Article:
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Part of what makes this world so tragically beautiful is the simple fact that you just don't know what's going to happen. And when we realize this to be true and embrace it as inspiration, all of the limits we have set on ourselves begin to slip away. After the 2002 passing of forty-year-old Widespread Panic guitarist Michael Houser, Sam Holt, Houser's guitar tech, experienced this moment of clarity as he realized the critical need to make the most of his time. "There were many times he [Houser] told me, 'I want you to go do your own thing. You need to quit teching and go play music,' says Holt. "And [after he died] that really hit home for me." It was Houser's death that served as the catalyst for Sam Holt to dedicate himself to Outformation.
Although it's clear his more-than-seven-year tenure with Widespread Panic has been instrumental in Holt forming and pursuing Outformation, the story really begins with Holt's old friend, bass player and singer Grady Upchurch. "Grady and I go way back and we share a lot of history," explains Holt, "and to be able to make music with someone and connect like that and then also have that shared background is pretty special."
Holt and Upchurch grew up playing in various bands around their hometown of Chattanooga, Tennessee, which eventually led them to New Orleans drummer/vocalist Lee Schwartz.
With shared influences ranging from Charlie Daniels, Waylon Jennings and Drive-By Truckers all the way to Frank Zappa and the Grateful Dead, the trio began to build a reputation for quality songs and powerful performances. After gaining considerable recognition in the South, Outformation began to get offers outside their region and set out across the Rocky Mountains for the first time in 2004. The journey to Colorado not only marked the point Holt considers the true birth of the band, it would also lead them to keyboardist CR Gruver (originally of Colorado-based rock band Polytoxic), percussionist Jeff "Birddog" Lane, and eventually second guitarist Clarke Keown.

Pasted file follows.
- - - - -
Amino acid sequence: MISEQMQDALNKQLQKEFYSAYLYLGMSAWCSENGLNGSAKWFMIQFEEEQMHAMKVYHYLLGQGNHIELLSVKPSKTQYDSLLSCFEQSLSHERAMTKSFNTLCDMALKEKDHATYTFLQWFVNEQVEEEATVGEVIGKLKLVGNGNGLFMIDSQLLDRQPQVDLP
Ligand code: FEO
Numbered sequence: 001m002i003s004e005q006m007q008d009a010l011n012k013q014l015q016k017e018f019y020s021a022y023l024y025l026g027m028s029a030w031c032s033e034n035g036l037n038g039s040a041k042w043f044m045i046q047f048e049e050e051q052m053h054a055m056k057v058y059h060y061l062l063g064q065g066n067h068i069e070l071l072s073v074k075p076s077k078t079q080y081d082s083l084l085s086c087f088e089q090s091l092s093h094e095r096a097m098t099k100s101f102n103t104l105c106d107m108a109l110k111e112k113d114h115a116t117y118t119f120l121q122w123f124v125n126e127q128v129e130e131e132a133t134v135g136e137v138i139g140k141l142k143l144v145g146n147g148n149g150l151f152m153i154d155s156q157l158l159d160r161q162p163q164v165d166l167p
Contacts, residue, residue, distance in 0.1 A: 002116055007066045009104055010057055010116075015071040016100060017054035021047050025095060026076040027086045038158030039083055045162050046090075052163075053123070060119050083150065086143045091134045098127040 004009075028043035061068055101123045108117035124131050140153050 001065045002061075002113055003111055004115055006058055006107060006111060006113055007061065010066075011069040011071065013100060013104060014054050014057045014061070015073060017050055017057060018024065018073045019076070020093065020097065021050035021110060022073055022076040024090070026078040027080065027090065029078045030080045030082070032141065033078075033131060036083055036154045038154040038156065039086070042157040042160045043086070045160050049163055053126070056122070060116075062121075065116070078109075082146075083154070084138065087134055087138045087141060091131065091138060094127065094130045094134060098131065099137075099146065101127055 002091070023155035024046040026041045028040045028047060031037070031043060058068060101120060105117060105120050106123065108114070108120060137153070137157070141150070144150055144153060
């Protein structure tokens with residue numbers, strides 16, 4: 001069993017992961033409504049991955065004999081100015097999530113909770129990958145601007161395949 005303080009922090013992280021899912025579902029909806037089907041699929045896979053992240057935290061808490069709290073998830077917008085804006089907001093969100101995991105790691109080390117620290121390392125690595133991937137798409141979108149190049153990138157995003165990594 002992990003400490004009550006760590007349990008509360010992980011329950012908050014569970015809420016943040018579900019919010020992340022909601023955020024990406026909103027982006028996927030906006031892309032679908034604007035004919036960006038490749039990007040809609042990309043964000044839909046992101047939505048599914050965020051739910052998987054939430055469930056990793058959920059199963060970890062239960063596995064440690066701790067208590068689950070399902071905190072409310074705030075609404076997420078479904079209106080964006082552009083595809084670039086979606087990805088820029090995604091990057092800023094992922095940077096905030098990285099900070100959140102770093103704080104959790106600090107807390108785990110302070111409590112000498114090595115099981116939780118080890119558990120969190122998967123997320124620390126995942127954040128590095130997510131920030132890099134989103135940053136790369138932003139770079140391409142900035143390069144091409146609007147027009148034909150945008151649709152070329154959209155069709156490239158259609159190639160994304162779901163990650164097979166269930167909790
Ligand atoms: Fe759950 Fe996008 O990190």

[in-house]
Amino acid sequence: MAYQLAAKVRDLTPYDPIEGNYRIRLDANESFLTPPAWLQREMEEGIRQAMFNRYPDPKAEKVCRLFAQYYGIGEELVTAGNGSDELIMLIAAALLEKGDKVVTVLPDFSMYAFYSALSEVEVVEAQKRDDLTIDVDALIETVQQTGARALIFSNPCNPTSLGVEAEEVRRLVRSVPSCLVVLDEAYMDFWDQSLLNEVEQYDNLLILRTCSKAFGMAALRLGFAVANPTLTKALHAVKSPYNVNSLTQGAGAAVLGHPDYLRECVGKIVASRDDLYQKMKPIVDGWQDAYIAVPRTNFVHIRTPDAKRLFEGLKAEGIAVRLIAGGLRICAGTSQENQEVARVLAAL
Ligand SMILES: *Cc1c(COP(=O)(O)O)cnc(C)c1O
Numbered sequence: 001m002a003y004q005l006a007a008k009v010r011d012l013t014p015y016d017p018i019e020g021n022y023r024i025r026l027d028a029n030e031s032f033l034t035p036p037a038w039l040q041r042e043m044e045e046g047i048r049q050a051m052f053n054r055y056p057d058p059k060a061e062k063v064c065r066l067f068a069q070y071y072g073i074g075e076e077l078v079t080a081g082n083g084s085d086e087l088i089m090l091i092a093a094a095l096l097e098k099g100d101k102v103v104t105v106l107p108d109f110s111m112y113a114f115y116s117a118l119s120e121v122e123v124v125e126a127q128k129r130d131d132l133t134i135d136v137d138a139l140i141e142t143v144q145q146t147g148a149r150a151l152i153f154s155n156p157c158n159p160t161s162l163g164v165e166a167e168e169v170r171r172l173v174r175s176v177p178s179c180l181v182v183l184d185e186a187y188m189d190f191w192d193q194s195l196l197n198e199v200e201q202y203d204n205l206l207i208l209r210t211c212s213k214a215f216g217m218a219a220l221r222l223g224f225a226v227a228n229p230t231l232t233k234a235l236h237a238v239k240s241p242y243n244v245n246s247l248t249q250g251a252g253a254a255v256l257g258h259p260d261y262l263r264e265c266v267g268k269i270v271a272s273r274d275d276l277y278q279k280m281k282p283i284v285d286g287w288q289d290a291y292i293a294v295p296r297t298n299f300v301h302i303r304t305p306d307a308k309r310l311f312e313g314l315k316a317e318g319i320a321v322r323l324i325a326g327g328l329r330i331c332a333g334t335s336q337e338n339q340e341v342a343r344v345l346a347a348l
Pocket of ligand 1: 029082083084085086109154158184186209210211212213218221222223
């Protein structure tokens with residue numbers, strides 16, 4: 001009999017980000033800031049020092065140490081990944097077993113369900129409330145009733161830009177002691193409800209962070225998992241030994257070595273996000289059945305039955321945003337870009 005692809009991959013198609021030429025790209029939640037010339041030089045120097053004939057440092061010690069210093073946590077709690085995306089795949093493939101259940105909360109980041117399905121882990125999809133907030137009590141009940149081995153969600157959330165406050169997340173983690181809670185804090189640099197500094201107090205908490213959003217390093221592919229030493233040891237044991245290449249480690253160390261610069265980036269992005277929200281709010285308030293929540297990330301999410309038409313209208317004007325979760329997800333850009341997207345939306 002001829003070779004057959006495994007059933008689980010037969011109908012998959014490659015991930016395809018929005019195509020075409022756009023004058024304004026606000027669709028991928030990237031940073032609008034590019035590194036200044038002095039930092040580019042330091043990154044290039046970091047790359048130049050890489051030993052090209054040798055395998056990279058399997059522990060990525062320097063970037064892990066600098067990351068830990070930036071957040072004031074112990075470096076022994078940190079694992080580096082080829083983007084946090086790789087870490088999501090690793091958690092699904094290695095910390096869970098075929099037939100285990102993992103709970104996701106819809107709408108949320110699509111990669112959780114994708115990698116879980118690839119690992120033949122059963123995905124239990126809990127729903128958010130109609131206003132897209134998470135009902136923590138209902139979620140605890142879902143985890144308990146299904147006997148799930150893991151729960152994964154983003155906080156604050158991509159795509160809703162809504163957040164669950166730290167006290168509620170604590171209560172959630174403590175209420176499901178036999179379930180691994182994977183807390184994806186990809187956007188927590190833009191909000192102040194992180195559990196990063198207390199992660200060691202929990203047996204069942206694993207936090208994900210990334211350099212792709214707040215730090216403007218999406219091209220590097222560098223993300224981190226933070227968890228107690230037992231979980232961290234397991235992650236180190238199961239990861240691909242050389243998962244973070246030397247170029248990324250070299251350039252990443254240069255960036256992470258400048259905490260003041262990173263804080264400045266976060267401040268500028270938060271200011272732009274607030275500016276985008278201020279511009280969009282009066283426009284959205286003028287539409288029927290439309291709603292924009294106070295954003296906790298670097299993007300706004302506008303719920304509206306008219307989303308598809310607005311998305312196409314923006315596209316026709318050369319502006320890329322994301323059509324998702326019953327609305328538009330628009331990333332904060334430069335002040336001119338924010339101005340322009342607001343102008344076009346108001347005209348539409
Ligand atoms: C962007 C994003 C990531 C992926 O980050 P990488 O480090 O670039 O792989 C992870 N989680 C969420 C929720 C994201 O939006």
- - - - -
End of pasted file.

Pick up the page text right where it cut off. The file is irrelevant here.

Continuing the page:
Just one year after gathering all the necessary pieces to the Outformation puzzle, 2005 would find the band breaking into the public eye. In May 2005, they released their remarkable debut record, Tennessee Before Daylight, and in June, tucked between four national tours, Outformation would play two days at arguably the most important festival in America - Bonnaroo.
In response to Outformation's auspicious entrance to the music world, the rising stars were named "Best New Band" of 2005 in Honest Tune Magazine's reader's poll, and Tennessee Before Daylight was nominated for "Best Album" by the editorial staff of the same publication. But it's not just readers and writers of Honest Tune who have taken notice, with club dates selling out across the country it appears that fans of blue-collar, hard-nosed rock & roll are taking notice everywhere. When talking to producer/keyboardist Jojo Hermann, about Outformation's rapid success he is quick to reference the dynamic six-string skills of Sam Holt. "Sam's got that hypnotic thing," says Hermann. "He kinda gets into that trance when he plays, and all my favorite guitar players have that ability to somewhat become hypnotized themselves. Mikey [Houser] and Junior Kimbrough - there was a hypnotic thing, and I think Sam has that. It's a big part of what drew me to him."
Regardless of whether Holt developed his confident, "hypnotic" style by touring with Outformation, learning at the foot of Michael Houser, sitting in numerous times with Widespread Panic (including taking over lead gutar duties for the last two weeks of the 2006 Summer Tour to the delight of thousands of fans), or by simply tapping into the music in his head, it's a driving factor to the Outformation sound. Having already played for packed stadiums with tens of thousands of screaming fans, Holt is ready to lead Outformation to the masses.
Armed with an arsenal of story-based, workingman songs, ever-increasing moments of magic on stage, and growing pockets of fans across the country, Outformation is clearly on the move. "We're to the point where we're ready," says Holt. "I'm looking forward to getting in front of bigger audiences and pushing it... just give it to 'em, just go crazy. I'm looking forward to the ride, and I hope it's a ride we can stay on for a while."
Listening to Holt speak of the future, you can hear the excitement in his voice. "I definitely feel it... I see something; I'm on my tiptoes looking at something, can't quite make it out, but something's out there." Although Holt may not quite be able to see it, what he's looking at is the sound of Outformation making it. With Holt, Upchurch, Keown, Schwartz and Lane all dedicated to the cause, Outformation is a band on the brink of something big.
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